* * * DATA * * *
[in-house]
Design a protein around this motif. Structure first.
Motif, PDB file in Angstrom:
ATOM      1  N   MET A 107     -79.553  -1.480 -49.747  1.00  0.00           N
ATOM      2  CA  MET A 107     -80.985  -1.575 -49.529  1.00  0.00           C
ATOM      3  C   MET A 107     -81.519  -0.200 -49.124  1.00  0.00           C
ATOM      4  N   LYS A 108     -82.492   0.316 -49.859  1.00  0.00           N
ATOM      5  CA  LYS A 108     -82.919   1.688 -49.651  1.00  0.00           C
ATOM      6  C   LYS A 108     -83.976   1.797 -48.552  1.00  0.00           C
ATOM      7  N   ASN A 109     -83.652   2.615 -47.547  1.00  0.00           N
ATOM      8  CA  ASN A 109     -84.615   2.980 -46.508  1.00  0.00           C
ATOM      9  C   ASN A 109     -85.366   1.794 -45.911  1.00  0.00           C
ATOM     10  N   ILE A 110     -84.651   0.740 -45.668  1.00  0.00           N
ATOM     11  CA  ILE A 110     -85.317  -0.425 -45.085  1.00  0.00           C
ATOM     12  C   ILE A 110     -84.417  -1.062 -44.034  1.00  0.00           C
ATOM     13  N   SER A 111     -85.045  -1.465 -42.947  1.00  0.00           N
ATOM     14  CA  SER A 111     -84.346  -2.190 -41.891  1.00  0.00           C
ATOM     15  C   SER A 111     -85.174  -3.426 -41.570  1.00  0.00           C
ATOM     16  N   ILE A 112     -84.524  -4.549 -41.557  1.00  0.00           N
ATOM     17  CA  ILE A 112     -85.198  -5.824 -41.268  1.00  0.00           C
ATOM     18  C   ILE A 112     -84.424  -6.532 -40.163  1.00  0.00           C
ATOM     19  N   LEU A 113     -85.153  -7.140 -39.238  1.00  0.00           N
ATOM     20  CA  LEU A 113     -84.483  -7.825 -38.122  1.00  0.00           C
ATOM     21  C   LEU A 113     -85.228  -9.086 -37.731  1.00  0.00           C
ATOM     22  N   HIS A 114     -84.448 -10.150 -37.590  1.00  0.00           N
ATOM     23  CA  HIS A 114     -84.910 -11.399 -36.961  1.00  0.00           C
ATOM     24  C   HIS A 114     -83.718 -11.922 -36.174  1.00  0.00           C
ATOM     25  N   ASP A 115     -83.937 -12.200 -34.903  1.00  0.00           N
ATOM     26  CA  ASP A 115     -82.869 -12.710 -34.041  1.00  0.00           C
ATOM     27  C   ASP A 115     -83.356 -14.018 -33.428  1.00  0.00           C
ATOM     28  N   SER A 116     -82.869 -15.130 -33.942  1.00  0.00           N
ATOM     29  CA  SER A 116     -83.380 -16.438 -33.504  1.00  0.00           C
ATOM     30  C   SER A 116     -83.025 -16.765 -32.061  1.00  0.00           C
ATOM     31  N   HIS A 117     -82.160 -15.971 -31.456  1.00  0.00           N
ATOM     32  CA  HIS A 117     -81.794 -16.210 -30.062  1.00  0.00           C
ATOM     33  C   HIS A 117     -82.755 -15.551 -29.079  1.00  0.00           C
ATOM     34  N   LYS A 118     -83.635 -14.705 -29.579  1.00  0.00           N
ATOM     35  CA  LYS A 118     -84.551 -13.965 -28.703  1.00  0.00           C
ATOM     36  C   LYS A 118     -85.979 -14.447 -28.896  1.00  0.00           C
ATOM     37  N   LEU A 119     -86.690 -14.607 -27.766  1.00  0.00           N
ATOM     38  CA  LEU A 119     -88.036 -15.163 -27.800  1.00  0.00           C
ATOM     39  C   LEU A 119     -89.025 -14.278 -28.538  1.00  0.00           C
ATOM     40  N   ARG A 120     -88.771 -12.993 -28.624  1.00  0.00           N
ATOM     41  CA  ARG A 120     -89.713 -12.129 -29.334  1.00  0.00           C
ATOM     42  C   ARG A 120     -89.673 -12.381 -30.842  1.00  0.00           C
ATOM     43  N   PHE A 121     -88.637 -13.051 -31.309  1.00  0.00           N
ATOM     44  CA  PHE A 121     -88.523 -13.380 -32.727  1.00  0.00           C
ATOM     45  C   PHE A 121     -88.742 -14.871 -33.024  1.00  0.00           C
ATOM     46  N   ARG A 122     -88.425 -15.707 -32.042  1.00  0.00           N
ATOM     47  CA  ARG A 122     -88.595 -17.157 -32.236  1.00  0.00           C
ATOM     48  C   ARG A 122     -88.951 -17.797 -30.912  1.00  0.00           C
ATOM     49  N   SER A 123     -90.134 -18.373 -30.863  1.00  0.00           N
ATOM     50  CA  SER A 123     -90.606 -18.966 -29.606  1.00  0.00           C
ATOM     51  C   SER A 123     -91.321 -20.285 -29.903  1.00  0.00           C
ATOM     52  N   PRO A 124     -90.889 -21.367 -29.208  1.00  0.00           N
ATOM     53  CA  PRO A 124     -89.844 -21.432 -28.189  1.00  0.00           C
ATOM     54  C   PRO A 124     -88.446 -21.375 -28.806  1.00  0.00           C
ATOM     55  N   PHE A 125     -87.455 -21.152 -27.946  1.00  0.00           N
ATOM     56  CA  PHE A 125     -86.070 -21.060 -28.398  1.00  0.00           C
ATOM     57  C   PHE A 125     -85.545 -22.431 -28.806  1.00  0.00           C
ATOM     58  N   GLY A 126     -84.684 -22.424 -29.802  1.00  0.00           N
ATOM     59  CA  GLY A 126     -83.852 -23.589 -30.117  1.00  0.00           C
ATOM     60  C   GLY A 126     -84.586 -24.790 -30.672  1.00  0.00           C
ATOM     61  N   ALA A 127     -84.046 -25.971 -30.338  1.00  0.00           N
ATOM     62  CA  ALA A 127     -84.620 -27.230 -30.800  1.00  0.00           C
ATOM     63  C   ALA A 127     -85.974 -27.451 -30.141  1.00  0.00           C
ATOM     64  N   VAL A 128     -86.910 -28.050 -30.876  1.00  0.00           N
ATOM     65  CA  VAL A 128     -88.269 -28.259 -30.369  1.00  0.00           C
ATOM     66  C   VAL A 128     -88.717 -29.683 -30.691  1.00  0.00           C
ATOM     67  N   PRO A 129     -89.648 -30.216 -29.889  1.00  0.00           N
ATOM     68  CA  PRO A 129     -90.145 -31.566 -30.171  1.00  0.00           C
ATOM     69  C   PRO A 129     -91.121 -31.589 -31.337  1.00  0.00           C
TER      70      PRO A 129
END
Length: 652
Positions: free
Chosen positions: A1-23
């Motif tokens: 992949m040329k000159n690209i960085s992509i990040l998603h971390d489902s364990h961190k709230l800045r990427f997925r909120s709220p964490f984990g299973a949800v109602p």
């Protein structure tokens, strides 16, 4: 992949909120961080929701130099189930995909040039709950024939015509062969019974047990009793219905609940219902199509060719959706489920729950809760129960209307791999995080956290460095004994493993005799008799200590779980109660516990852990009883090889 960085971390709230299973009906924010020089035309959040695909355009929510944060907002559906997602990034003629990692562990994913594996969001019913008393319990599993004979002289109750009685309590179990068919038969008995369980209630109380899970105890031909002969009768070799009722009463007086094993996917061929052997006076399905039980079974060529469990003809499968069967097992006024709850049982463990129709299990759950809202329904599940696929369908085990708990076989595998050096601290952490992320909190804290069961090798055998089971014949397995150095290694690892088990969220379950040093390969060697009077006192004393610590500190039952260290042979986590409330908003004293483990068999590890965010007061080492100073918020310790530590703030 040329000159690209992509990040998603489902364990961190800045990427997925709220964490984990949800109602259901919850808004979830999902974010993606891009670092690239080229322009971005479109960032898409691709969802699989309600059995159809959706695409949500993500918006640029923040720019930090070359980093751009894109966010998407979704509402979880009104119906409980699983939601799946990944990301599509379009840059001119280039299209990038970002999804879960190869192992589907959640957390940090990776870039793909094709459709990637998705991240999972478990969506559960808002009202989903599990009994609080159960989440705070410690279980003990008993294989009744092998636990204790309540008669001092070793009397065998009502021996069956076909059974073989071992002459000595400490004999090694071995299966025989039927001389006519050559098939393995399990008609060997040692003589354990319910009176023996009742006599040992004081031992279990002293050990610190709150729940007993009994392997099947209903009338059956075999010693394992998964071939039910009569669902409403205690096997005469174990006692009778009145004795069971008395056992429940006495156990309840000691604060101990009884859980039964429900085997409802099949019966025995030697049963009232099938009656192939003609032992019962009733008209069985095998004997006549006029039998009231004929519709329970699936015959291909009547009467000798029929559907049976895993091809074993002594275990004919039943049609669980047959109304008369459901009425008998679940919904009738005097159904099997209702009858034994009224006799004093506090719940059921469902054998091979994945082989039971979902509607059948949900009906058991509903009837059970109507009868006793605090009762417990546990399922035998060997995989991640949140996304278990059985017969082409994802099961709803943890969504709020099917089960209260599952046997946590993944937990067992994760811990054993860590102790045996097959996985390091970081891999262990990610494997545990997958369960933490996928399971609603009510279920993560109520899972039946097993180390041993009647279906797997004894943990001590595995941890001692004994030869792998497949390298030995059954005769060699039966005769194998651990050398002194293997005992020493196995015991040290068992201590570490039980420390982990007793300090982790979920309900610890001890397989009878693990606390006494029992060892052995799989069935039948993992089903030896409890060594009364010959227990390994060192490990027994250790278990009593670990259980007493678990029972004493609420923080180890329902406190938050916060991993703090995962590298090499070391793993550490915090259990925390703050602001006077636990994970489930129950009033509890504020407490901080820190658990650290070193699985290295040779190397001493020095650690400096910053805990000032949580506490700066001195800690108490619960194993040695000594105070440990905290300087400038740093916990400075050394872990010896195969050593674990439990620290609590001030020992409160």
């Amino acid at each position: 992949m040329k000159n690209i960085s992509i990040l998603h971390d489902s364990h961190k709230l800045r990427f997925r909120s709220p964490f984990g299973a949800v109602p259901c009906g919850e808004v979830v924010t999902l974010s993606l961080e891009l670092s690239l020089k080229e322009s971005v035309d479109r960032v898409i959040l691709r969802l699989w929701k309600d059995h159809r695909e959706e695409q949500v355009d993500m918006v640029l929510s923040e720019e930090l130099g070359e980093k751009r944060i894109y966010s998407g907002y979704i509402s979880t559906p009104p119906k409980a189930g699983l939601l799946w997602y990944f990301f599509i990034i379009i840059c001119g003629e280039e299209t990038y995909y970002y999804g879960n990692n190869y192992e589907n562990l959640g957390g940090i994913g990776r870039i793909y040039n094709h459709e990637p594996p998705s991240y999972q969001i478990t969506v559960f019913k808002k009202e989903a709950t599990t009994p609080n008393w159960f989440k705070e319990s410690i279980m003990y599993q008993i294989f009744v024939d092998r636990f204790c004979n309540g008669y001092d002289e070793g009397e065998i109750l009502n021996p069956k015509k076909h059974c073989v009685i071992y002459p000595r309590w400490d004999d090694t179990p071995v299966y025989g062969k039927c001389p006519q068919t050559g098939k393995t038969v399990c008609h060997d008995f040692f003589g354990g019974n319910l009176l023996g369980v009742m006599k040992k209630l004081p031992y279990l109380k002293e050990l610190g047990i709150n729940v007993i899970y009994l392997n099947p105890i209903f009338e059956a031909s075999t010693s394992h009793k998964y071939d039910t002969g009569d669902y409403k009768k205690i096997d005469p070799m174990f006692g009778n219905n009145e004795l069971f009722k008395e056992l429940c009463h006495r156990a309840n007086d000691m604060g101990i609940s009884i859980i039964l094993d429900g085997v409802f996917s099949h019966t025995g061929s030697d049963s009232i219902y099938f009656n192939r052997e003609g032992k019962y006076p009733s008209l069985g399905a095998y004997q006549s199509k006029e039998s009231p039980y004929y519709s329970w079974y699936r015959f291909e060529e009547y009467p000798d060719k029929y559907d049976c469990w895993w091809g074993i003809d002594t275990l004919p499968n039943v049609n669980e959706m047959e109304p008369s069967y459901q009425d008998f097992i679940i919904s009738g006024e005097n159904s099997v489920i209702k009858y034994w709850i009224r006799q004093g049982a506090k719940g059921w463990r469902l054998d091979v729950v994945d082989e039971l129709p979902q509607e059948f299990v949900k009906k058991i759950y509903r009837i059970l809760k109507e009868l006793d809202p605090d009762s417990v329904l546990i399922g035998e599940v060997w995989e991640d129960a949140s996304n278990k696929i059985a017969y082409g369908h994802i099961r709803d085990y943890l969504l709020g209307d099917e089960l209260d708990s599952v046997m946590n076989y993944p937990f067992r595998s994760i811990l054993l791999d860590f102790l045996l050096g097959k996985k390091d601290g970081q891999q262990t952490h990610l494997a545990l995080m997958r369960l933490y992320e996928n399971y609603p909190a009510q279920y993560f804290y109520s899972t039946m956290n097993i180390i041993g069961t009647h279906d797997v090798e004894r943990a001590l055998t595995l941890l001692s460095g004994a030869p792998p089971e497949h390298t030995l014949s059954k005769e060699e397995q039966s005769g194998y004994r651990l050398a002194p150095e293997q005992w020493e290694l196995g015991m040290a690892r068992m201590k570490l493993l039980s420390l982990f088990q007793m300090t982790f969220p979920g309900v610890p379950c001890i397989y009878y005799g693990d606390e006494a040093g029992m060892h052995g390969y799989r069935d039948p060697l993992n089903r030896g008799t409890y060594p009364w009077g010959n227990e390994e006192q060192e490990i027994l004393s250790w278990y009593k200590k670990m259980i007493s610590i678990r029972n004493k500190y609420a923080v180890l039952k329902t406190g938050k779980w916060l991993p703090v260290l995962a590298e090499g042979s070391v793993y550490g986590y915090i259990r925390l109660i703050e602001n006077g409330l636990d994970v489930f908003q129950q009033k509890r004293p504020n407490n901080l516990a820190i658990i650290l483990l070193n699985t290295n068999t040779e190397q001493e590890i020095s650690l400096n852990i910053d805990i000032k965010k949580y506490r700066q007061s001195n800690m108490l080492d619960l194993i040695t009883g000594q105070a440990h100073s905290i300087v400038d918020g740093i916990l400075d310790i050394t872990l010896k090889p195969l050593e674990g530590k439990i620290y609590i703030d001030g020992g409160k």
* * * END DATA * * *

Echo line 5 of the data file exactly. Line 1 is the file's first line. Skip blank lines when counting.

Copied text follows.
ATOM      2  CA  MET A 107     -80.985  -1.575 -49.529  1.00  0.00           C